Nov 20 - Fitch Ratings assigns an 'AA' rating to the following Minneapolis Special School District No. 1, Minnesota (the district) general obligation (GO) bonds: --$22.26 million GO school building bonds, series 2012A; --$19.41 million GO alternative facilities bonds, series 2012B; --$10.95 million GO refunding bonds, series 2012C; --$10.41 million GO refunding bonds, series 2012D; --$17.03 million GO refunding bonds, taxable series 2012E. The 'AA' rating is based on the district's participation in the Minnesota School District Credit Enhancement Program (the program). Fitch also assigns an 'AA' underlying rating to the series 2012A, 2012B, 2012C, 2012D and 2012E bonds. The bonds are expected to sell via competitive sale on or about Nov. 27. Proceeds are being used for various capital improvement projects and to refund outstanding GO bonds. In addition, Fitch affirms the underlying rating on the following district obligations: --Approximately $197 million of outstanding district GO bonds at 'AA' --Approximately $125 million of full term COPs at 'AA'; --Approximately $40 million of outstanding series 2010A and 2010B COPs at 'AA-'. The Rating Outlook is Stable. SECURITY The GO bonds are backed by a pledge of the full faith and credit and unlimited taxing power of the district. The full term COPs are secured by district lease payments that come from a separate unlimited property tax levy and are not subject to appropriation. Both the GO bonds and full term COPs are backed by the program, which provides timely debt service payments in the event the district notifies the state that it is unable to meet debt service requirements on the GO bonds or COPs. The series 2010A and 2010B COPs are a special limited obligation of the district payable solely from rental payments made by the district under the terms of the lease purchase agreement between the trustee and the district. The district has covenanted in the lease to include in its annual budget for each fiscal year moneys sufficient to pay all rental payments. While the covenant is absolute and unconditional, there is no legal obligation to actually appropriate such amounts. The lease is not subject to abatement. KEY RATING DRIVERS RATING BASED ON STATE PROGRAM: The GO bonds and full term COPs benefit from the state's school district credit enhancement program rated 'AA', reflecting the provision that the state of Minnesota (rated 'AA+' by Fitch) will make payments to the trustee for debt service upon notification of the district that funds are insufficient to make debt service payments. The program benefits from the state's annual appropriation of funds to the state department of education from the state general fund for this purpose. HEALTHY LOCAL ECONOMY: The 'AA' underlying rating on the GO bonds and full term COPs reflects the district's large and diverse economic base, coterminous with the city of Minneapolis. There is no rating distinction between the GO bonds and the full term COPs because the full term COPs are not subject to annual appropriation. STRONG RESERVE LEVELS: Historically growing reserve levels and prudent, conservative management provide strong financial flexibility. The district was successful in the passage of an increase to its local property tax levy in November 2008. Reserve levels are budgeted to decline significantly in the current fiscal year, but given the bulk of the decline is for one-time capital items there is limited concern as to ongoing reserve declines. STATE FUNDING CHALLENGES: The district is highly dependent on funding from the state. Delays in state aid payments create long-term budgetary uncertainty and reduce liquidity. APPROPRIATION COPS RATIONALE: The 'AA-' rating on the appropriation COPs is based on the district's absolute and unconditional covenant to budget and appropriate lease rental payments. WHAT COULD TRIGGER A RATING ACTION RATING LEVEL RELATIONSHIP CHANGES: The GO bonds and the full term COPs are rated based on the higher of the state program rating and the district's underlying rating, which are currently the same. The appropriation COPs are rated solely based on the district's underlying rating as they are not supported by the state program. CREDIT PROFILE DISTRICT BENEFITS FROM BROAD LOCAL ECONOMY The district is coterminous with the city of Minneapolis (rated 'AAA' by Fitch) whose diverse and broad economic base has shown resilience during the ongoing recessionary environment. The employment base benefits from the strong presence of health care, financial institutions, higher education, and government, all of which have helped moderate unemployment rates. September 2012 unemployment equaled 5.6%, well below the national rate of 7.6% and slightly above the state rate of 5.3%. While the city experienced solid tax base growth for many years, the tax base contracted in recent years. The commercial tax base primarily located in the city's central business district (CBD) is supported by a diverse group of businesses and is home to numerous corporate headquarters including Target. ENROLLMENT GROWING AFTER YEARS OF DECLINE The district serves over 33,000 students. After several years of severe enrollment declines, the district has had growth in fiscals 2012 and 2013 and projects further growth over the next ten years, though enrollment will remain well below past highs. The district is evaluating its facilities to match these trends. Capital investment by the district focuses on rehabilitation of older buildings and consolidation of facilities, including the recent opening of a state-of-the-art administration building. FUND BALANCE GROWTH HELPS DISTRICT MANAGE FUTURE CHALLENGES After a period of budget cuts and school facility closures, the district received voter approval for new operating levies in November 2008. The approximately $60 million of renewed and additional revenues are being used to fund the maintenance of class sizes, new books and technology enhancements to improve academic performance, as well as provide increased investment in math and early literacy programs. The district has had substantial fund balance growth, with consecutive net surpluses since fiscal 2004. The district's financial performance continued to remain strong in fiscal 2011, with the unrestricted general fund balance (the sum of committed, assigned and unassigned as per GASB 54) growing to $126.6 million, or 25.1% of total spending. For fiscal year 2012, the district expects another surplus of approximately $6 million. Fitch believes the district will face financial pressures in fiscal 2013 and beyond. The primary stress on the district's finance comes from the state, from which the district receives almost 60% of its revenue. The state shifted its funding formula such that 70% of a year's budgeted funding is received in the current year, with 30% deferred to the following year; previously the ratio was 90/10. In 2011, the state further exacerbated this issue by changing the ratio to 60/40. This has resulted in a significant decline in the district's liquidity levels, though it does not anticipate needing to do short-term cash flow borrowing. The state's improved financial performance recently allowed it to reverse some of this shift to approximately 64/36, and increasing enrollment will generate some growth in state per-pupil funding, but this only partially mitigates the challenges the district faces. These challenges are reflected in the district's fiscal year 2013 budget, which includes a $41 million decline in fund balance. However, much of the budgeted drawdown ($26 million) is for one-time capital projects. Consequently, Fitch views the district's budgetary challenges as manageable and does not expect material deterioration in fund balance, if any, in future years. MODERATE DEBT BURDEN The district's overall debt burden (including debt of the city, county and other overlapping governments) is moderate at $2,196 per capita and 2.5% of estimated market property value. Principal amortization is rapid with 79% maturing in 10 years, and debt service is manageable at 12% of spending. District employees participate in the state's retirement plans, namely the Teachers Retirement Fund and the Public Employees Retirement Fund, with payments set by the state. Pension contributions paid in fiscal 2011 for the plans totaled $27.9 million, or 5.5% of total general fund expenditures. The district's unfunded actuarial accrued liability for other post-employment benefits is modest at $83 million. Additional information is available at 'www.fitchratings.com'. The ratings above were solicited by, or on behalf of, the issuer, and therefore, Fitch has been compensated for the provision of the ratings. In addition to the sources of information identified in Fitch's Tax-Supported Rating Criteria, this action was additionally informed by information from Creditscope, University Financial Associates, S&P/Case-Shiller Home Price Index, IHS Global Insight, Zillow.com, National Association of Realtors. Applicable Criteria and Related Research: --'Tax-Supported Rating Criteria' (Aug. 14, 2012); --'U.S. Local Government Tax-Supported Rating Criteria' (Aug. 14, 2012); --'Fitch Downgrades Minnesota GO's to 'AA+'; Outlook Stable' (July 7, 2011). Applicable Criteria and Related Research: Tax-Supported Rating Criteria U.S. Local Government Tax-Supported Rating Criteria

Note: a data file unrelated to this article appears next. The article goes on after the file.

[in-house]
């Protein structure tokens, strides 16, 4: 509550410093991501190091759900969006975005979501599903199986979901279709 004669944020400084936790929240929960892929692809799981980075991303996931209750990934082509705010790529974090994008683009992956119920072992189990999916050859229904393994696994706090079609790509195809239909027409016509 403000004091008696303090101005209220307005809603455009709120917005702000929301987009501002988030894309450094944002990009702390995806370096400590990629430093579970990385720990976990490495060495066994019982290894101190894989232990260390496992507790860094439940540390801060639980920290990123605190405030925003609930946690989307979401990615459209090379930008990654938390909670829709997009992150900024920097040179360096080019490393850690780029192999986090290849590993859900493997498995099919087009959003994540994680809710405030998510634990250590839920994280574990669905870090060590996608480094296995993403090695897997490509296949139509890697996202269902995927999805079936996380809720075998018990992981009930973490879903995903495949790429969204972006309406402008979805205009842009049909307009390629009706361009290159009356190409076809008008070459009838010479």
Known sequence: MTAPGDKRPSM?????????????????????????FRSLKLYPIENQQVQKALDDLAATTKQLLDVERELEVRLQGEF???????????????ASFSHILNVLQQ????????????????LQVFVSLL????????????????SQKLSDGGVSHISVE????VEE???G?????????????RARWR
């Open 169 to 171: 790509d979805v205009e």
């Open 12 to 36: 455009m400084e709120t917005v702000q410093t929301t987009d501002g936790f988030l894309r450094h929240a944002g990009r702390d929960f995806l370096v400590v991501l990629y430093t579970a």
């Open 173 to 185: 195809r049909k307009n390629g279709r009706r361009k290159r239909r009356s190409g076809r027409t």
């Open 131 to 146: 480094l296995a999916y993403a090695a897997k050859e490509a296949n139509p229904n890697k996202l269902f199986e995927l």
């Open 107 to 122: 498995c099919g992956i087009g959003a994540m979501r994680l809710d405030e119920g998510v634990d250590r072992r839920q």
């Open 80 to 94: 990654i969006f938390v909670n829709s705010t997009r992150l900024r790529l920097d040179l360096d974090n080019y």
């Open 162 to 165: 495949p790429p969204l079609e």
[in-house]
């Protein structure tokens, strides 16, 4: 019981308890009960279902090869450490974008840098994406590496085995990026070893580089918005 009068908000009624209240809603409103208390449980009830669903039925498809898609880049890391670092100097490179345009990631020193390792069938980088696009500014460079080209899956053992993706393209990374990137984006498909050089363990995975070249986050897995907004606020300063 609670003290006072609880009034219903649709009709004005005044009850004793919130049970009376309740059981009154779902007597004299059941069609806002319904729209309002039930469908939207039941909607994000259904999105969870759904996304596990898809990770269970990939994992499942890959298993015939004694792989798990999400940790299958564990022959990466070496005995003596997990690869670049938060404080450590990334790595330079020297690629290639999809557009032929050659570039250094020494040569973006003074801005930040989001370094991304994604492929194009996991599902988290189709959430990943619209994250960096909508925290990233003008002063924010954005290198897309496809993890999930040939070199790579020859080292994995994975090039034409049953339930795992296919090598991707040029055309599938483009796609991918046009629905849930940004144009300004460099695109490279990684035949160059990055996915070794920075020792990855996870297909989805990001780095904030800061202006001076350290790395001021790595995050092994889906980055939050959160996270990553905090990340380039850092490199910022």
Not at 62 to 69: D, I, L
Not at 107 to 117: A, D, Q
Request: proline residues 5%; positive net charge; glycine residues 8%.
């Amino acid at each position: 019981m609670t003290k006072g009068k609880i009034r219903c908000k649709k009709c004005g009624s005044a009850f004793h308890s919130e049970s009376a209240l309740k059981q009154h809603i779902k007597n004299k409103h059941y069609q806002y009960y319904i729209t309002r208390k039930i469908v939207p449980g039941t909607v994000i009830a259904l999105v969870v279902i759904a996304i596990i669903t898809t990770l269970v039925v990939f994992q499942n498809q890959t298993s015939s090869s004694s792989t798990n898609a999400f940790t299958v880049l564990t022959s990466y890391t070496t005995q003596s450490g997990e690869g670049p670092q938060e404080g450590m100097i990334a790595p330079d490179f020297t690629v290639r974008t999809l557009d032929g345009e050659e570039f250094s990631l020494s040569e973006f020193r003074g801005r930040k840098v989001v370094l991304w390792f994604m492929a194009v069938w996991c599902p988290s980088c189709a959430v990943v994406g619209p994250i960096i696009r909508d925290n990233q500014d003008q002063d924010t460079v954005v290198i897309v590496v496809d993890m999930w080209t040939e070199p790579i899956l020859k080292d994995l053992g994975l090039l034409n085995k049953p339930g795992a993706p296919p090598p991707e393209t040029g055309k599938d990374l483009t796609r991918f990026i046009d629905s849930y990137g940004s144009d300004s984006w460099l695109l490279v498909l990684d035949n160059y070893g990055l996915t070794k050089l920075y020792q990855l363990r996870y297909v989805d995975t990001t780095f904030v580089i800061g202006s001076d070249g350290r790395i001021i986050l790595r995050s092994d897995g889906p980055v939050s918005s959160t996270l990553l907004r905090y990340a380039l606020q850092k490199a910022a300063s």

* It will not be proceeding with non-brokered private placement announced January 20, 2017
NEW YORK, Feb 24 Proposals in Congress that would effectively end Medicaid expansion in 31 U.S. states would cost those states at least $32 billion altogether in 2019, according to a report released on Friday.
* Moody's changes outlook on Government of Morocco's Ba1 rating to positive from stable; ratings affirmed